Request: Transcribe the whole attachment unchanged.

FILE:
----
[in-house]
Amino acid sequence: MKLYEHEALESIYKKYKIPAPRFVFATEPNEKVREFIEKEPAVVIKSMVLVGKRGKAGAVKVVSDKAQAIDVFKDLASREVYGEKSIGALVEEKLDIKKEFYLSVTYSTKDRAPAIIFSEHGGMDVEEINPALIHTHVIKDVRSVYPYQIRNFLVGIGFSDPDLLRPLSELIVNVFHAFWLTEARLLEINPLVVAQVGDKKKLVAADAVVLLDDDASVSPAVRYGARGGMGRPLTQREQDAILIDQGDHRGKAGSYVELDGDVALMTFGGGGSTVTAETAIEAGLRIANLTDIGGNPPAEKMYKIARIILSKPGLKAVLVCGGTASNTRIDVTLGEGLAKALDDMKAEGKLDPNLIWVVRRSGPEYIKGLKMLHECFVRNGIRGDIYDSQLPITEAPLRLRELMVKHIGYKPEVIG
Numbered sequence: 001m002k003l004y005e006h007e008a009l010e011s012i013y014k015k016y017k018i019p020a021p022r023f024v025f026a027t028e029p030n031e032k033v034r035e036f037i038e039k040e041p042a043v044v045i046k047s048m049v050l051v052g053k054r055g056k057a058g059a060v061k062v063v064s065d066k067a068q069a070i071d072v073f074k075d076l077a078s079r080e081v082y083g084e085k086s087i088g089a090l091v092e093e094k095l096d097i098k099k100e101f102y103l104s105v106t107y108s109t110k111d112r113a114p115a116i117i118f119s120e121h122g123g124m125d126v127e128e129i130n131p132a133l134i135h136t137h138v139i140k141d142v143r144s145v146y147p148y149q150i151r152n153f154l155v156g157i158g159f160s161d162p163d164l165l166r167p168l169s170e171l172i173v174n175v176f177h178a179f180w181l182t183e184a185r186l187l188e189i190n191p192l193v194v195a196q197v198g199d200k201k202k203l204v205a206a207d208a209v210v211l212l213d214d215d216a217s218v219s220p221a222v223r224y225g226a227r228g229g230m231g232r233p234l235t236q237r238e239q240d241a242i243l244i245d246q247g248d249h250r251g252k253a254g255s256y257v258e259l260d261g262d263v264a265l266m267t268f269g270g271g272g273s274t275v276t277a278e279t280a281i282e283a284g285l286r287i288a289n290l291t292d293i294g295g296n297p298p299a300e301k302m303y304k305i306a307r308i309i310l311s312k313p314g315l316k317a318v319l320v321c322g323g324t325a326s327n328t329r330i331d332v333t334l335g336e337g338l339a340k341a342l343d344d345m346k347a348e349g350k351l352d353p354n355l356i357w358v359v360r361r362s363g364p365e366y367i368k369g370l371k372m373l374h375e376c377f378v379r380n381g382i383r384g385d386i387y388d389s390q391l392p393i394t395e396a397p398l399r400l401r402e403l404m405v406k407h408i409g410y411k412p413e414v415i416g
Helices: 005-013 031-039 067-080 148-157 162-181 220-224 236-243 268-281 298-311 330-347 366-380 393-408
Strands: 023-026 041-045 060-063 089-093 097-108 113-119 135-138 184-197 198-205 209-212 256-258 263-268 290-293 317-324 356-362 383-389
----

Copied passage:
[in-house]
Amino acid sequence: MKLYEHEALESIYKKYKIPAPRFVFATEPNEKVREFIEKEPAVVIKSMVLVGKRGKAGAVKVVSDKAQAIDVFKDLASREVYGEKSIGALVEEKLDIKKEFYLSVTYSTKDRAPAIIFSEHGGMDVEEINPALIHTHVIKDVRSVYPYQIRNFLVGIGFSDPDLLRPLSELIVNVFHAFWLTEARLLEINPLVVAQVGDKKKLVAADAVVLLDDDASVSPAVRYGARGGMGRPLTQREQDAILIDQGDHRGKAGSYVELDGDVALMTFGGGGSTVTAETAIEAGLRIANLTDIGGNPPAEKMYKIARIILSKPGLKAVLVCGGTASNTRIDVTLGEGLAKALDDMKAEGKLDPNLIWVVRRSGPEYIKGLKMLHECFVRNGIRGDIYDSQLPITEAPLRLRELMVKHIGYKPEVIG
Numbered sequence: 001m002k003l004y005e006h007e008a009l010e011s012i013y014k015k016y017k018i019p020a021p022r023f024v025f026a027t028e029p030n031e032k033v034r035e036f037i038e039k040e041p042a043v044v045i046k047s048m049v050l051v052g053k054r055g056k057a058g059a060v061k062v063v064s065d066k067a068q069a070i071d072v073f074k075d076l077a078s079r080e081v082y083g084e085k086s087i088g089a090l091v092e093e094k095l096d097i098k099k100e101f102y103l104s105v106t107y108s109t110k111d112r113a114p115a116i117i118f119s120e121h122g123g124m125d126v127e128e129i130n131p132a133l134i135h136t137h138v139i140k141d142v143r144s145v146y147p148y149q150i151r152n153f154l155v156g157i158g159f160s161d162p163d164l165l166r167p168l169s170e171l172i173v174n175v176f177h178a179f180w181l182t183e184a185r186l187l188e189i190n191p192l193v194v195a196q197v198g199d200k201k202k203l204v205a206a207d208a209v210v211l212l213d214d215d216a217s218v219s220p221a222v223r224y225g226a227r228g229g230m231g232r233p234l235t236q237r238e239q240d241a242i243l244i245d246q247g248d249h250r251g252k253a254g255s256y257v258e259l260d261g262d263v264a265l266m267t268f269g270g271g272g273s274t275v276t277a278e279t280a281i282e283a284g285l286r287i288a289n290l291t292d293i294g295g296n297p298p299a300e301k302m303y304k305i306a307r308i309i310l311s312k313p314g315l316k317a318v319l320v321c322g323g324t325a326s327n328t329r330i331d332v333t334l335g336e337g338l339a340k341a342l343d344d345m346k347a348e349g350k351l352d353p354n355l356i357w358v359v360r361r362s363g364p365e366y367i368k369g370l371k372m373l374h375e376c377f378v379r380n381g382i383r384g385d386i387y388d389s390q391l392p393i394t395e396a397p398l399r400l401r402e403l404m405v406k407h408i409g410y411k412p413e414v415i416g
Helices: 005-013 031-039 067-080 148-157 162-181 220-224 236-243 268-281 298-311 330-347 366-380 393-408
Strands: 023-026 041-045 060-063 089-093 097-108 113-119 135-138 184-197 198-205 209-212 256-258 263-268 290-293 317-324 356-362 383-389